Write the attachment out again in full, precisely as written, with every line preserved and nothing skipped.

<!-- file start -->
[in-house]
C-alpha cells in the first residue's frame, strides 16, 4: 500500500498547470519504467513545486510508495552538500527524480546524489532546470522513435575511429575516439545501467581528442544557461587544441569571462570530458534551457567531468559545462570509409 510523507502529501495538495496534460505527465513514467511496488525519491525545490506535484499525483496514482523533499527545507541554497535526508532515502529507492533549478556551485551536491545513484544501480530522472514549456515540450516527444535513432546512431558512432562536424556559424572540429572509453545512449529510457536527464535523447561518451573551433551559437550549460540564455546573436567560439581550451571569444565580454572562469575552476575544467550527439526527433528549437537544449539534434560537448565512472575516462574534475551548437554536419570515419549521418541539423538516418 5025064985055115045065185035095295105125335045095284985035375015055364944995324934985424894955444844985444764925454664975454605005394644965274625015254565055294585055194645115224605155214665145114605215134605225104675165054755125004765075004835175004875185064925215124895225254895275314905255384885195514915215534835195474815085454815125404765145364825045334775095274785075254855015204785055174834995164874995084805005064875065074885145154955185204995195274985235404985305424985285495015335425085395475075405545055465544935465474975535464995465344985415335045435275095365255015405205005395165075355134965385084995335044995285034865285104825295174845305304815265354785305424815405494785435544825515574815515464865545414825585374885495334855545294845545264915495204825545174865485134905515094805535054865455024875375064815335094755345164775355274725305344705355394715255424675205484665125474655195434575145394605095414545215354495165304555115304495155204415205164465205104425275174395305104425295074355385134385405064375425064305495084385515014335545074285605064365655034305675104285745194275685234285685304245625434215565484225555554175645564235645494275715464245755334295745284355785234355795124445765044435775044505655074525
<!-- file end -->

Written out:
[in-house]
C-alpha cells in the first residue's frame, strides 16, 4: 500500500498547470519504467513545486510508495552538500527524480546524489532546470522513435575511429575516439545501467581528442544557461587544441569571462570530458534551457567531468559545462570509409 510523507502529501495538495496534460505527465513514467511496488525519491525545490506535484499525483496514482523533499527545507541554497535526508532515502529507492533549478556551485551536491545513484544501480530522472514549456515540450516527444535513432546512431558512432562536424556559424572540429572509453545512449529510457536527464535523447561518451573551433551559437550549460540564455546573436567560439581550451571569444565580454572562469575552476575544467550527439526527433528549437537544449539534434560537448565512472575516462574534475551548437554536419570515419549521418541539423538516418 5025064985055115045065185035095295105125335045095284985035375015055364944995324934985424894955444844985444764925454664975454605005394644965274625015254565055294585055194645115224605155214665145114605215134605225104675165054755125004765075004835175004875185064925215124895225254895275314905255384885195514915215534835195474815085454815125404765145364825045334775095274785075254855015204785055174834995164874995084805005064875065074885145154955185204995195274985235404985305424985285495015335425085395475075405545055465544935465474975535464995465344985415335045435275095365255015405205005395165075355134965385084995335044995285034865285104825295174845305304815265354785305424815405494785435544825515574815515464865545414825585374885495334855545294845545264915495204825545174865485134905515094805535054865455024875375064815335094755345164775355274725305344705355394715255424675205484665125474655195434575145394605095414545215354495165304555115304495155204415205164465205104425275174395305104425295074355385134385405064375425064305495084385515014335545074285605064365655034305675104285745194275685234285685304245625434215565484225555554175645564235645494275715464245755334295745284355785234355795124445765044435775044505655074525